For 10 years, Your Part-Time Controller has proudly supported the annual meetings of the Greater Philadelphia Cultural Alliance, a networking and advocacy consortium of hundreds and arts and cultural institutions in the City of Brotherly Love and its metro region. The 2018 GPCA event got off with a rousing fanfare of drumrolls as performers from the West Powelton Drummers greeted more than 600 attendees who gathered in the National Museum of American Jewish History to review the year’s progress, make new friends and reacquaint with old ones, and discuss this year’s theme of “The Art of Relevance.”
Citing George Washington, who said, “The Government of the United States gives to bigotry no sanction, to persecution no assistance,” GPCA officials noted the relevance in today’s era of calling for religious pluralism and recognizing the contributions of immigrants. That message translates into a focus on inclusivity and diversity among arts and culture organizations who increasingly are taking their programs out into the community, engaging the public where they are and responding to what they want.
Where “culture” in the 19th and 20th Centuries was an example of “top-down” philanthropy by a wealthy elite, today’s more diverse and technologically-connected communities make the arts more accessible and participatory and more “bottom-up,” said GPCA President Maud Lyon. “Diversity, equity and inclusion are the fundamental issues of our time,” she said. Culture now helps us define our sense of place and serves as a way for us to learn something or someone new.
Culture in the 21st Century can mean food trucks or street art, she said. The arts enable people to make social change, to co-create meaning in their lives, to connect with each other, to increase social impact, and to build social capital. “It’s not about the arts organizations, it’s about who we serve.”
This theme was echoed by YPTC President & Founder Eric Fraint, who was greeted with another rousing drumroll. After reading brief highlights from 42 testimonials from some of YPTC’s clients he told the audience that he wasn’t there to glorify the company. “It’s not about Your Part-Time Controller, it’s about our clients. What we do is our passion and our mission to work with nonprofits.”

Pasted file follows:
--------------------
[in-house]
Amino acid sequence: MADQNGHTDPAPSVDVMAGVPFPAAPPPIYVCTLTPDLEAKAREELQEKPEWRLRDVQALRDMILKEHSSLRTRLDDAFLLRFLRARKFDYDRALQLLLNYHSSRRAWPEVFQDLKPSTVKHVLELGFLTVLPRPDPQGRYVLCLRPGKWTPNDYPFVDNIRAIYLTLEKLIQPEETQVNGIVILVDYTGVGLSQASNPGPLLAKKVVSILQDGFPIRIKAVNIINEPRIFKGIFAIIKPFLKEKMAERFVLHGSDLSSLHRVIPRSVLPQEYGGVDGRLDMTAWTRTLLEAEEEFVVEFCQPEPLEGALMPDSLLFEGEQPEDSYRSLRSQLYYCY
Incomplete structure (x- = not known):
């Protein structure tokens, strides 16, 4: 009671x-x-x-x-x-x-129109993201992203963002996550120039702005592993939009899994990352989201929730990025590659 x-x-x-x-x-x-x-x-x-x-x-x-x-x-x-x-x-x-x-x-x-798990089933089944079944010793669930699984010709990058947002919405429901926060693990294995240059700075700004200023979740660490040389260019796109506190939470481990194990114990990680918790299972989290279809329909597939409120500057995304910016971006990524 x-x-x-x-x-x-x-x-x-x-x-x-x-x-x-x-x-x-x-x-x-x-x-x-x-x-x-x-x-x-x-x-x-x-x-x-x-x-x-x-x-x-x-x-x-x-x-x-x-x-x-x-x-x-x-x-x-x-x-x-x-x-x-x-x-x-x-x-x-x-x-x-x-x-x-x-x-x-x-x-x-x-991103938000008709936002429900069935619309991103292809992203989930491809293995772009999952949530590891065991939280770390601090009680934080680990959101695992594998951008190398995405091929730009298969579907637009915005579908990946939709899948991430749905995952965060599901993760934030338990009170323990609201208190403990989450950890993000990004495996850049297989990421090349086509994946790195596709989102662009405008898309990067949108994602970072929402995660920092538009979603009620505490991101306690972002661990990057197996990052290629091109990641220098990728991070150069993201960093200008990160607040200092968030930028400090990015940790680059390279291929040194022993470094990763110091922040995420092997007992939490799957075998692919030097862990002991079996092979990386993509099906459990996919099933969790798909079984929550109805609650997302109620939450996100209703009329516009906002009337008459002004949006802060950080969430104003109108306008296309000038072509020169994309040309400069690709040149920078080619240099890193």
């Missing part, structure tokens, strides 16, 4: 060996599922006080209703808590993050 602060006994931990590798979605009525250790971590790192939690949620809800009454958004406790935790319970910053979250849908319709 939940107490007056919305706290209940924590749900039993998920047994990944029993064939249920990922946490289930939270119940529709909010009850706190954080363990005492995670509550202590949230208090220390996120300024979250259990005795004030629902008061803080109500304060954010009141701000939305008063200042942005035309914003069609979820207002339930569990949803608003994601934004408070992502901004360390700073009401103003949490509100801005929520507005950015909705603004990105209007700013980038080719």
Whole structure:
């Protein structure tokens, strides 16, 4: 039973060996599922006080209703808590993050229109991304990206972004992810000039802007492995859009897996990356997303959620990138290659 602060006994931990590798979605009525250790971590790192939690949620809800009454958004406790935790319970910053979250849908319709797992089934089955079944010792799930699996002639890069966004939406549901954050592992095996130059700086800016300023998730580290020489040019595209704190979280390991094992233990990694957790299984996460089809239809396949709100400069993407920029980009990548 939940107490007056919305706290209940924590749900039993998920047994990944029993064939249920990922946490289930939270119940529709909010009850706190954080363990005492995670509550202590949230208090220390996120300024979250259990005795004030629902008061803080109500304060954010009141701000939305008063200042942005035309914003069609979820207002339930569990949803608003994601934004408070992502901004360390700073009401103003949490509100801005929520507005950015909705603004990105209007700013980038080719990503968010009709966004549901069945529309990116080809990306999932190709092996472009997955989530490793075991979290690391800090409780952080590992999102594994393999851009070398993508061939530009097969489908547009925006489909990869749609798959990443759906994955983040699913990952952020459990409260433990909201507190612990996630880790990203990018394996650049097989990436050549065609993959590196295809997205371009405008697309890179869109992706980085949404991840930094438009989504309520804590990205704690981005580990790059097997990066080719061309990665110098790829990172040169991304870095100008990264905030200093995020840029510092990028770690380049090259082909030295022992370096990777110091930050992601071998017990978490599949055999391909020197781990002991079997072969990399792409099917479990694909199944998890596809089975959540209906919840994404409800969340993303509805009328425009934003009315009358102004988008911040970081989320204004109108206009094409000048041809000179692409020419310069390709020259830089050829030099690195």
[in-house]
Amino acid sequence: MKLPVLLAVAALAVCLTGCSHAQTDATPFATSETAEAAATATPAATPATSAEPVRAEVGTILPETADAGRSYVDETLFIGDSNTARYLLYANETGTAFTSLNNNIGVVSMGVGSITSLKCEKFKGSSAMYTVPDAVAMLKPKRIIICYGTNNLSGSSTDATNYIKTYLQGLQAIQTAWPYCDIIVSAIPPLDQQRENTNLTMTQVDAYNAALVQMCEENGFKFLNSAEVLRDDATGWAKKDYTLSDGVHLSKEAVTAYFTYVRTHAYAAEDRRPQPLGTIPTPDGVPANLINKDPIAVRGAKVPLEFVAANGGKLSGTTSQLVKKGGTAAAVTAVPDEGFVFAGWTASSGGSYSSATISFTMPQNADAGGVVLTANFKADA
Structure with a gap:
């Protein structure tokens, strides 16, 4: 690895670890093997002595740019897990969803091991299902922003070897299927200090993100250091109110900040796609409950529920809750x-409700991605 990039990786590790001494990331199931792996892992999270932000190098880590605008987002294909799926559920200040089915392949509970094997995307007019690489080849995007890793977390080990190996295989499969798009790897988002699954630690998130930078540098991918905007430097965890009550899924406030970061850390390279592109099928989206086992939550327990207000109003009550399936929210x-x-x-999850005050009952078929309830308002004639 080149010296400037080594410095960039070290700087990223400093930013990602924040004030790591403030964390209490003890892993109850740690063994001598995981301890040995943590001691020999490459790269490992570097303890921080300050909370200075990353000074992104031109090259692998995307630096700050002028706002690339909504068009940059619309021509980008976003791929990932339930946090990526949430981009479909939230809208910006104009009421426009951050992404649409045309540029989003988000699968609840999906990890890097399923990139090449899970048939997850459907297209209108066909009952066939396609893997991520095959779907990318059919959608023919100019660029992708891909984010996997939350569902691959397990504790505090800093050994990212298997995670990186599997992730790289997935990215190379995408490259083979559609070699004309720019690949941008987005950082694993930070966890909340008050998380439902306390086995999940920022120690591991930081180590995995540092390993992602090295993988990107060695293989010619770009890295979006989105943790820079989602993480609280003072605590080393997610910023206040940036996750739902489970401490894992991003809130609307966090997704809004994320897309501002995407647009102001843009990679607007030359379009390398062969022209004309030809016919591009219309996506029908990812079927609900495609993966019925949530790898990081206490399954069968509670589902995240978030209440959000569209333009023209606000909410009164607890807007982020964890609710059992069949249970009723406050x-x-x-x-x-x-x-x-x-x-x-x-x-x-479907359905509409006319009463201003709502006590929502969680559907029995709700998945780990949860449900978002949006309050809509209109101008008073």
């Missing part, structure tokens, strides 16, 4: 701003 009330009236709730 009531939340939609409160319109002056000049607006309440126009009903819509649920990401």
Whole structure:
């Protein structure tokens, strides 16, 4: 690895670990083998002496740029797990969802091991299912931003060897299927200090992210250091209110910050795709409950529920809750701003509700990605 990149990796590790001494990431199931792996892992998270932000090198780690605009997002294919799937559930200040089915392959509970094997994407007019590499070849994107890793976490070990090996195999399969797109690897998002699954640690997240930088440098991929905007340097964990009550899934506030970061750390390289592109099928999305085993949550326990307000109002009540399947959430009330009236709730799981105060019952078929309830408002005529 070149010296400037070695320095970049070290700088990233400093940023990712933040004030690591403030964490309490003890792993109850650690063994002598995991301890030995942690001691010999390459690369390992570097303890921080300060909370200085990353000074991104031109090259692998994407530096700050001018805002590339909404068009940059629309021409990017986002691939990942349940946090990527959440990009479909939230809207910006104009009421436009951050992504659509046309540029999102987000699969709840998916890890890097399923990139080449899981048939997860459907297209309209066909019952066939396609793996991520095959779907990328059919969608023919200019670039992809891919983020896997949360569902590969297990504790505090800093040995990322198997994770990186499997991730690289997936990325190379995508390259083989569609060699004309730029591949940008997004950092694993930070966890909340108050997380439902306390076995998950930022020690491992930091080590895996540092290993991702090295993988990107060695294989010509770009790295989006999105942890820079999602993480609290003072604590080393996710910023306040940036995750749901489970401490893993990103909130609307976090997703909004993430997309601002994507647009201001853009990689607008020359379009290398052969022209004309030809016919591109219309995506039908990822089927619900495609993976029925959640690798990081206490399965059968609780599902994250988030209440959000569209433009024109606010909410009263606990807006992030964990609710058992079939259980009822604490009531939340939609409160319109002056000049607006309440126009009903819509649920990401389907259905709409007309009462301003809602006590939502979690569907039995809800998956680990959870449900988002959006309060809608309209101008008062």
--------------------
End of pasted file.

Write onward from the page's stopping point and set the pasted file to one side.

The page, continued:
The theme was carried further by keynote speaker Nina Simon, the visionary Executive Director of the Santa Cruz, Calif., Museum of Art & History, who described how she dramatically boosted the finances and public presence of a struggling institution by making art and history more authentic and relevant to various communities. In her book, The Art of Relevance, she explores how mission-driven organizations can matter more to more people by having creative collaborations that are more participatory.
By using the arts to “open doors” and build a stronger and more connected community rather than just showcasing objects behind “closed doors,” her museum created innovative projects in off-site venues to attract new audiences ranging from angry divorcees to foster children aging out of the system. Such programs were designed of, by, and for these communities, with full participation, design and curation by members of those constituencies.
“There is no universal relevance,” she said. Each of us declares each day what’s relevant to us based on two criteria: how much meaning will I get out of it, and how much effort will it take? Calling “relevance a key that unlocks meaning for a deeper experience,” Simon called on the audience to be more outgoing and to not only bring their art out in the community but to also engage those communities in designing art that is relevant to them.
“Culture belongs to everyone, and everyone belongs to culture,” she said.